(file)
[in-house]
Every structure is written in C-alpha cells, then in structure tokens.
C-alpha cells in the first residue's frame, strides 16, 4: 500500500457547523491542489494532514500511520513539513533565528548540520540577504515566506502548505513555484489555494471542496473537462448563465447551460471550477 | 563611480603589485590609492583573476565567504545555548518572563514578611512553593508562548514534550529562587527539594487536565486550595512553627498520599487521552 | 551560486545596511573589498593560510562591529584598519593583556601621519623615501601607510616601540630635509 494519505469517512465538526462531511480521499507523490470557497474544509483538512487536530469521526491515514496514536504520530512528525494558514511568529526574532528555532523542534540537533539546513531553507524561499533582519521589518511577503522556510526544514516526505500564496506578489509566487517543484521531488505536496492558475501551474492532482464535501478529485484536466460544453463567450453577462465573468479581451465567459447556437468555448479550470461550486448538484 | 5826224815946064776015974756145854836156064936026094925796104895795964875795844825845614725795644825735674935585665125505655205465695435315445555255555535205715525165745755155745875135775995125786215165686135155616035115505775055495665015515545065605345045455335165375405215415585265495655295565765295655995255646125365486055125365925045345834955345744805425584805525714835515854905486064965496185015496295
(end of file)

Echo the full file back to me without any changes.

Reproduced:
[in-house]
Every structure is written in C-alpha cells, then in structure tokens.
C-alpha cells in the first residue's frame, strides 16, 4: 500500500457547523491542489494532514500511520513539513533565528548540520540577504515566506502548505513555484489555494471542496473537462448563465447551460471550477 | 563611480603589485590609492583573476565567504545555548518572563514578611512553593508562548514534550529562587527539594487536565486550595512553627498520599487521552 | 551560486545596511573589498593560510562591529584598519593583556601621519623615501601607510616601540630635509 494519505469517512465538526462531511480521499507523490470557497474544509483538512487536530469521526491515514496514536504520530512528525494558514511568529526574532528555532523542534540537533539546513531553507524561499533582519521589518511577503522556510526544514516526505500564496506578489509566487517543484521531488505536496492558475501551474492532482464535501478529485484536466460544453463567450453577462465573468479581451465567459447556437468555448479550470461550486448538484 | 5826224815946064776015974756145854836156064936026094925796104895795964875795844825845614725795644825735674935585665125505655205465695435315445555255555535205715525165745755155745875135775995125786215165686135155616035115505775055495665015515545065605345045455335165375405215415585265495655295565765295655995255646125365486055125365925045345834955345744805425584805525714835515854905486064965496185015496295